It is our tenth year working with Primavera coffee importers, and we’re pleased to begin roasting this year’s Guatemalan selections with Juan Javier’s beautiful Caturra from Finca La Rosa.
A small river runs through Juan Javier’s family farm close to which flowers grow in abundance, hence naming the farm after their beautiful roses. For the last 32 years Juan Javier and his family have been tending to both Bourbon and Caturra variety coffee on Finca La Rosa, which they keep separate during harvest and processing. Spanning 3.5 hectares, the farm is dotted with gravliea and citrus trees, offering shade and a secondary crop respectively.
They do three passes through the trees when the time to harvest the cherries arrives, rather than collect everything in one fell swoop. Being labour-intensive, it costs more, however, it means they can be more selective in picking just ripe coffee cherries. To refine the quality further, they undertake the extra stage of floating the cherries to skim off any floating, unripe fruit that was picked in error.
In our experience, it’s unusual for small producers in Huehuetenango to ferment their coffee under water; the sugary mucilage is typically left to ferment in tanks open to the atmosphere. Juan Javier, however, submerges his depulped coffee in water for 30 hours to ferment slowly and in a much more controlled manner. This style of fermentation is working wonders in Juan Javier’s particular microclimate, and his varieties seem to be responding well. As in years past we’re finding the coffee to taste sweet and vibrant, with complex, layered and impeccably clean flavours.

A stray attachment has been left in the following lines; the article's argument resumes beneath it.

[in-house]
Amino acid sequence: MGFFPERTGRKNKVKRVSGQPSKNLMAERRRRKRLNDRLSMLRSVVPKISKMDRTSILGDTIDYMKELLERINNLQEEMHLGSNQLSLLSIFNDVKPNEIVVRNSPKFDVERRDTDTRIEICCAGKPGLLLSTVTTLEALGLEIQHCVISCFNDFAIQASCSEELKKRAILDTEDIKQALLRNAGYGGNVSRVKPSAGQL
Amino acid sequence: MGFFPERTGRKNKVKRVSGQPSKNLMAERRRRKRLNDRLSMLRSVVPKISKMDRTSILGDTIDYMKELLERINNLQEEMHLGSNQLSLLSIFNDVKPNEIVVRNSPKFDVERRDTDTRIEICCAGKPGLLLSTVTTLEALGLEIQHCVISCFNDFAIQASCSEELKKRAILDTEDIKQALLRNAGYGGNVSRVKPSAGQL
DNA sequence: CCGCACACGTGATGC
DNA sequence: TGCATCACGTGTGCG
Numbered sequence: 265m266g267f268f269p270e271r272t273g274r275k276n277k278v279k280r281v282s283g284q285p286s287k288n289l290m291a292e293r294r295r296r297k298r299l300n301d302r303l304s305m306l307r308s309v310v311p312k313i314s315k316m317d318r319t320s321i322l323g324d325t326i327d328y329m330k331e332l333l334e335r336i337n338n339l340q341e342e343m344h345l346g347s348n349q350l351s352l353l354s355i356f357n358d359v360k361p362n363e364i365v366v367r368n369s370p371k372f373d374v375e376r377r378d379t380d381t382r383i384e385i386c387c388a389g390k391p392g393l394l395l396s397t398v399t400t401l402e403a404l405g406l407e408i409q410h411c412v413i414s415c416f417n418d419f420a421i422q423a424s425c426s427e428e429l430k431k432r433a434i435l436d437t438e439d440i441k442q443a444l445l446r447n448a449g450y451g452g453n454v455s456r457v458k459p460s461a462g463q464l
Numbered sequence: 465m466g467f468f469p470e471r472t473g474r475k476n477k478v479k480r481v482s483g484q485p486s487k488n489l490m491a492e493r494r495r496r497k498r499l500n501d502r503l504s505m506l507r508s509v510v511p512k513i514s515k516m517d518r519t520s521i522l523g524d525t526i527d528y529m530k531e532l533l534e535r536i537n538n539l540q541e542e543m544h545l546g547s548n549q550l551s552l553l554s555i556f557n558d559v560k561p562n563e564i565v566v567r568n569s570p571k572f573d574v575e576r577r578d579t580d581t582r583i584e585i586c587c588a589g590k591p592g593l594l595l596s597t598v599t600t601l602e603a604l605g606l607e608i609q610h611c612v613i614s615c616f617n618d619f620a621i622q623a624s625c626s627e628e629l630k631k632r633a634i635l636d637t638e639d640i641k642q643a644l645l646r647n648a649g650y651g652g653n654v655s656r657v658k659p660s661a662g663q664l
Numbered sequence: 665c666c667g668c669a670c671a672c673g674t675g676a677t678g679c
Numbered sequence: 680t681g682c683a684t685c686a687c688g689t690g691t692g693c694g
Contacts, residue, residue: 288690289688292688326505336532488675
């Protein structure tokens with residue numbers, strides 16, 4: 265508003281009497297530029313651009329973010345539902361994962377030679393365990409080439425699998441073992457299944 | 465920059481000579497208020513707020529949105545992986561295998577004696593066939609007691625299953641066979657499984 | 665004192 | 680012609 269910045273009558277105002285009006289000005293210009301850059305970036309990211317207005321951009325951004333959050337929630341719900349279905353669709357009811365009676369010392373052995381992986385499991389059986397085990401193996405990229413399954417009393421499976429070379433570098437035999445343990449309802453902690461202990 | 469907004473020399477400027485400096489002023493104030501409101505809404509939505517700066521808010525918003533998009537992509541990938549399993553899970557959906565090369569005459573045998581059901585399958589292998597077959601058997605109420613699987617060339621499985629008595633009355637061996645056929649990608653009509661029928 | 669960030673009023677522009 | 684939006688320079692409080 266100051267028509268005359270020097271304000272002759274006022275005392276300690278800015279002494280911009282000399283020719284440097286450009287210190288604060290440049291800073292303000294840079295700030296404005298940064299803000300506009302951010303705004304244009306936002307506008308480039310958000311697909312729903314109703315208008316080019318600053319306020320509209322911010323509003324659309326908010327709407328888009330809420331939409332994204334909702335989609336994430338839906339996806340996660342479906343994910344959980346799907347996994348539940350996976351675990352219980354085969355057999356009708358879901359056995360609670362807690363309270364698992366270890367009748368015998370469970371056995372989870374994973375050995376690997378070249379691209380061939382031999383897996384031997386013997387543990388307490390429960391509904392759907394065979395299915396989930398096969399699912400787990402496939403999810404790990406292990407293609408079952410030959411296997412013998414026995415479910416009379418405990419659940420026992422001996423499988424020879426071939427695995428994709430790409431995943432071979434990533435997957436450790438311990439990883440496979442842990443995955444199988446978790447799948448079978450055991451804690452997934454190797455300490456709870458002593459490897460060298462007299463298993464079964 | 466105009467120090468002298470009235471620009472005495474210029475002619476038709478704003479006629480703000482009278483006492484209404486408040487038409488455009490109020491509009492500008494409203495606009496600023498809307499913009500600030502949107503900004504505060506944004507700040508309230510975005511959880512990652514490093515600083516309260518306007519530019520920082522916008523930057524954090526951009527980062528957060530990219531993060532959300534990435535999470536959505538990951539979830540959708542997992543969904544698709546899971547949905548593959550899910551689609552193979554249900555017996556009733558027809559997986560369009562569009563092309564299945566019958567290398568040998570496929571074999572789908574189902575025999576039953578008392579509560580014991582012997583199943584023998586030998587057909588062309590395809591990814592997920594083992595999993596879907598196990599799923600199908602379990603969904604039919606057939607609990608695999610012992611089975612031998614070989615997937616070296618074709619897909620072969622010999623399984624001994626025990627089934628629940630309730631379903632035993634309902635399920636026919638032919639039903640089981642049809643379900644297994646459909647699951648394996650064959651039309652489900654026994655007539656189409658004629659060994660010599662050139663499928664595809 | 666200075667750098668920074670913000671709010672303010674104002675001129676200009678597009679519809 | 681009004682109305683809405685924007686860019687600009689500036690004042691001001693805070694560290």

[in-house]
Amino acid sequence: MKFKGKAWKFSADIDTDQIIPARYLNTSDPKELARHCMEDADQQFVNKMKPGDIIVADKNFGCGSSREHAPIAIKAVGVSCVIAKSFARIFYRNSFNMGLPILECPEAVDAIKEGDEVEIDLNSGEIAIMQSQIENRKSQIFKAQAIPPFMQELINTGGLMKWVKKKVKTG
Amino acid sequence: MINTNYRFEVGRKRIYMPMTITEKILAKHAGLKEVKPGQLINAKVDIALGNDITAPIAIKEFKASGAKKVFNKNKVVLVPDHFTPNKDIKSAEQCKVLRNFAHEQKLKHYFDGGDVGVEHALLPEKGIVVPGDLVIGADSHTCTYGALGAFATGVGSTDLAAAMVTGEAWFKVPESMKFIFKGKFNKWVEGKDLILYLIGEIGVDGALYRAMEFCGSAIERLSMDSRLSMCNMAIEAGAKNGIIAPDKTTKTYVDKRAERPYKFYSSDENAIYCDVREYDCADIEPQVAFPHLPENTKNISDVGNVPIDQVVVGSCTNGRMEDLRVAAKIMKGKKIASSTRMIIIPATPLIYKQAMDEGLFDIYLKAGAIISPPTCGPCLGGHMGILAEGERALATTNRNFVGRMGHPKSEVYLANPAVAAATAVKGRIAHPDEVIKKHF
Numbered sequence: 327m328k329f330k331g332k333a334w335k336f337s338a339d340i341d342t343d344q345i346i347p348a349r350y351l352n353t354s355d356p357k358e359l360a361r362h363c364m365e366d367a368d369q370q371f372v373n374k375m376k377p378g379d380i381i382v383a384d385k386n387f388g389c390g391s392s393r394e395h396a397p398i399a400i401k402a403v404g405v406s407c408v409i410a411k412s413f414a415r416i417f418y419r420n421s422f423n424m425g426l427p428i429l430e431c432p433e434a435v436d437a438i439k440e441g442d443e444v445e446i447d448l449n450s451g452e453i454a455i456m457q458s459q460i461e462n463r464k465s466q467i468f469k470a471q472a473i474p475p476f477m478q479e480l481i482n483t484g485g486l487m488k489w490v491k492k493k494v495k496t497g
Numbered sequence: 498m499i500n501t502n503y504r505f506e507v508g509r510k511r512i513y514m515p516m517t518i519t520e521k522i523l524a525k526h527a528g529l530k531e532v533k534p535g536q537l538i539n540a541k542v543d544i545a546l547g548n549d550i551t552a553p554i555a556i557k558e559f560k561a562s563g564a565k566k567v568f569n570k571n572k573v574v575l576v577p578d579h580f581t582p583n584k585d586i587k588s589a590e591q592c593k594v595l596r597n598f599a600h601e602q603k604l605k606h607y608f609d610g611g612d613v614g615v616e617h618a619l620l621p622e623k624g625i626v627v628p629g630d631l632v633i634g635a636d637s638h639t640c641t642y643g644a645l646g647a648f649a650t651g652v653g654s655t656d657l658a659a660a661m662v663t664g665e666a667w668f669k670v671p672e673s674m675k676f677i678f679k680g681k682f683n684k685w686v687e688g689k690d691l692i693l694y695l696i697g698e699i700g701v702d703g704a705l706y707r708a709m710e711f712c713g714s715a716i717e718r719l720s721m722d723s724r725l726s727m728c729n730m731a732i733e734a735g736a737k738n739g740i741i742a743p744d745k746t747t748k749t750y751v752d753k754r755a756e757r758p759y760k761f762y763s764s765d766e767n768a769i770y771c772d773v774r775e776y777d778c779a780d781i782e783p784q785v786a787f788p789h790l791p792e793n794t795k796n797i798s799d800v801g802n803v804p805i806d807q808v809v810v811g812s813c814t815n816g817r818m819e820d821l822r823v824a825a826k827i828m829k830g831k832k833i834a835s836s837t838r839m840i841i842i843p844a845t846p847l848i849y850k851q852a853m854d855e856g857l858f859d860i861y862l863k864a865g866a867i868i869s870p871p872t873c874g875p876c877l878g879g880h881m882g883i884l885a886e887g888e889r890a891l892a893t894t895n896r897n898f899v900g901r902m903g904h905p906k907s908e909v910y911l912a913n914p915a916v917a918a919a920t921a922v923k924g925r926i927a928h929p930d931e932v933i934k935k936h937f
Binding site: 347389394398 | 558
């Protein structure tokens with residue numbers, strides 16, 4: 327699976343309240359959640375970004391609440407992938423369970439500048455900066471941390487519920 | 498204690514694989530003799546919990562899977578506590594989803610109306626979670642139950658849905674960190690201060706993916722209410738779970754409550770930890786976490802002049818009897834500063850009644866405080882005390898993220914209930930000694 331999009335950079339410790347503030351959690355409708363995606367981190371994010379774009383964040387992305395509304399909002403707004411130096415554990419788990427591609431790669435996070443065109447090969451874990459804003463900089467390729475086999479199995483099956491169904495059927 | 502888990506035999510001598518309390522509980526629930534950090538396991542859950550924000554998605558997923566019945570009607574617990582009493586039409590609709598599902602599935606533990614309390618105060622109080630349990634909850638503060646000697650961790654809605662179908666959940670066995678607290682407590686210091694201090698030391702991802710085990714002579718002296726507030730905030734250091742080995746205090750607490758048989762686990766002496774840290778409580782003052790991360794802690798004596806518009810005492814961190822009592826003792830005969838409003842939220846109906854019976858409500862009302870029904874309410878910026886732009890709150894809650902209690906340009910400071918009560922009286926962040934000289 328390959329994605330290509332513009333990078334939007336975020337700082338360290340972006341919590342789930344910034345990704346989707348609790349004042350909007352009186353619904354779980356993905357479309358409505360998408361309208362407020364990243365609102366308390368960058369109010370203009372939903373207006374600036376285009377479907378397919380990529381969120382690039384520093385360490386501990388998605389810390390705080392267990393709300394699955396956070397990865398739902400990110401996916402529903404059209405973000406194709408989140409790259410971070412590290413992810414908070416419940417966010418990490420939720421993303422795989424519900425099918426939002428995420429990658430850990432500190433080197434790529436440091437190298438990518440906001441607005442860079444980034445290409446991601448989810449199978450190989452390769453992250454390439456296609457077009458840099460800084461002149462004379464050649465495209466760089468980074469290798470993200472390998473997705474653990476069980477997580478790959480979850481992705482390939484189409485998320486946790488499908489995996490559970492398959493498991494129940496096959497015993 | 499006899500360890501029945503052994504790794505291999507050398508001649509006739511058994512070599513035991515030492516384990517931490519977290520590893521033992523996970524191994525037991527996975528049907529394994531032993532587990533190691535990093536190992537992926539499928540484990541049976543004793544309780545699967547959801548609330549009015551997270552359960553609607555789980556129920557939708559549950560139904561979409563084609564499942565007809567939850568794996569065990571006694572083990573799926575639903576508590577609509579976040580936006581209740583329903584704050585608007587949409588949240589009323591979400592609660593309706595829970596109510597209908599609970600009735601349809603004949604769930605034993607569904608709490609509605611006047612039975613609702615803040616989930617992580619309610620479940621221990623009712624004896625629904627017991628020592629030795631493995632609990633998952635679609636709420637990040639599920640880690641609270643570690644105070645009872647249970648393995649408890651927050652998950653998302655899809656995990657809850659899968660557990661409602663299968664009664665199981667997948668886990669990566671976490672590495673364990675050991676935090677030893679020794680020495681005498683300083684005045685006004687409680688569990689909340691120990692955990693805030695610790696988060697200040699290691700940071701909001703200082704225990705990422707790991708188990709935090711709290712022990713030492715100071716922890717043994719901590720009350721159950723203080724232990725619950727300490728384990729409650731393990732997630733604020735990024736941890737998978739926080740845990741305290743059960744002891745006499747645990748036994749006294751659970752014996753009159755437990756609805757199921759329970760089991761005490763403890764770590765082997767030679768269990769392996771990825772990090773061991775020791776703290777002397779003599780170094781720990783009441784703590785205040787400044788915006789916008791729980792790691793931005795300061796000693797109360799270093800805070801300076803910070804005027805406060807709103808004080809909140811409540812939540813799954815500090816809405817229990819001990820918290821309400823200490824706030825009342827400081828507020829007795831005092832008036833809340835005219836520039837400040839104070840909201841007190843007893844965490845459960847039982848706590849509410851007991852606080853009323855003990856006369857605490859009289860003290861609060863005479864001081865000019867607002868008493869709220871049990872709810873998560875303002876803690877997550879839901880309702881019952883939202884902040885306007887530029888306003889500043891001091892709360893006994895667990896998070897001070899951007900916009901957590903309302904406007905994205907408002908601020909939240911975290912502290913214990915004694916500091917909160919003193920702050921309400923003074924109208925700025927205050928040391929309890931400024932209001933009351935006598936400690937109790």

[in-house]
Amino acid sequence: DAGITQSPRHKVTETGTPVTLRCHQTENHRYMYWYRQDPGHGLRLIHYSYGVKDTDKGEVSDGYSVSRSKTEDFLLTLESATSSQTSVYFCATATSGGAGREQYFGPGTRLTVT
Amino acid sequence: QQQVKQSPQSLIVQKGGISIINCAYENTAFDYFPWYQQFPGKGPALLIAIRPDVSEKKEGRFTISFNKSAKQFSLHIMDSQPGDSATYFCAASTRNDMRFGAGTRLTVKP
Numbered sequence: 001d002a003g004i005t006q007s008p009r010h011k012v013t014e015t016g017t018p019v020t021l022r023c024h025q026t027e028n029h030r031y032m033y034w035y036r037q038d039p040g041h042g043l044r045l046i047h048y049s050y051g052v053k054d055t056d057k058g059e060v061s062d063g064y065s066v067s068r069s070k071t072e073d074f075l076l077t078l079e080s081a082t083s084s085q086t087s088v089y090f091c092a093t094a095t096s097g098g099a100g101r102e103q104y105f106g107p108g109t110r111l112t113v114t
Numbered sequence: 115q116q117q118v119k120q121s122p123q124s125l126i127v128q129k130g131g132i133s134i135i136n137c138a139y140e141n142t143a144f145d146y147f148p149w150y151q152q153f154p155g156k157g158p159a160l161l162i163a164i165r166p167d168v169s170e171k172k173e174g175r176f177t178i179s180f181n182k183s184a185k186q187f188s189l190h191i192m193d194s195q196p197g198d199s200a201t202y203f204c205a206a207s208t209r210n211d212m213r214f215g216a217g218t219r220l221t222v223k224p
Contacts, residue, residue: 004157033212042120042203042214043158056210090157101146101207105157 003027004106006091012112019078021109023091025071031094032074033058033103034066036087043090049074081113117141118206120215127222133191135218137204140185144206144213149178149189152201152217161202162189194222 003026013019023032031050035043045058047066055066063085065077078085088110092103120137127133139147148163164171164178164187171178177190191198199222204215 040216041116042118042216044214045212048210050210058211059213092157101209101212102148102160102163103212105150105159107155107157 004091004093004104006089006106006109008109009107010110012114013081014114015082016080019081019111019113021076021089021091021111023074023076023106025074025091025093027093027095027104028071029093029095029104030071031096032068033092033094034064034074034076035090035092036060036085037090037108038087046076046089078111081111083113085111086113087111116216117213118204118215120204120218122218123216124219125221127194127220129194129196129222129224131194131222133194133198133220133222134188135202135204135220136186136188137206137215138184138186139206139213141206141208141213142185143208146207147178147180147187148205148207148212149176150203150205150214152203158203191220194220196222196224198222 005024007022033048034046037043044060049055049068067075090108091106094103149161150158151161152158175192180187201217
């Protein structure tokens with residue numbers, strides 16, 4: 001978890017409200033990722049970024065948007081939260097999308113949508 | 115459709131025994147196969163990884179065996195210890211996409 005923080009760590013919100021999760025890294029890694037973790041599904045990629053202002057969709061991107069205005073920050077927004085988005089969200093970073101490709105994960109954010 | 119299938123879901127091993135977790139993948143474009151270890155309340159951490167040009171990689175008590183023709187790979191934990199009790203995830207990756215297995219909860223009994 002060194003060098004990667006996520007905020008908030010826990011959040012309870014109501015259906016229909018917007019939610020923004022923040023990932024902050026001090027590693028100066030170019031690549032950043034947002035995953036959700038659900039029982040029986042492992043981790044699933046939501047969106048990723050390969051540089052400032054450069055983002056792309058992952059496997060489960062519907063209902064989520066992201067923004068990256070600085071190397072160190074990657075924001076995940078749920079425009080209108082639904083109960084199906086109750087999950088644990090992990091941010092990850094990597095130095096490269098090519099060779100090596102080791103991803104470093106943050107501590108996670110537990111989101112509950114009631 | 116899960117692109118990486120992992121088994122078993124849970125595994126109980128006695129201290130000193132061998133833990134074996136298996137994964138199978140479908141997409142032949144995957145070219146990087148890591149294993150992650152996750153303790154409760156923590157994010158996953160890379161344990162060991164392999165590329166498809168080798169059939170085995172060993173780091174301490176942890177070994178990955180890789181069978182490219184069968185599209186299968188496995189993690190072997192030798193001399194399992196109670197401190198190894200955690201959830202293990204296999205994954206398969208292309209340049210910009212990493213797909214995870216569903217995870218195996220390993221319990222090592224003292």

Juan Javier himself has said the following regarding his family farm:
“Our lands and climate have gifted us with great results, but we always make sure to respect the land and nature in order to maintain a balance, therefore we try to be as organic as possible.”
Primavera are one of our longest standing exporting partners, who have in recent years invested in a brand-new dry mill. Installing solar panels and being kitted out with Pinhalense grading and milling machines, they have also installed a digital colour sorter to further refine the quality of the lots they’re buying and exporting. As well as taking care of the quality analysis, dry milling and export logistics, Primavera have a boots-on-the-ground approach, sending their team of agronomists to visit their producers throughout the year with the intention of supporting them with both harvest yield quantity and quality.
Unión Cantinil, Huehuetenango, Guatemala
Bright & refreshing. A racy acidity reminds us of pink lemonade & lingonberries, with heady aromas of vanilla & eucalyptus evolving as the cup cools.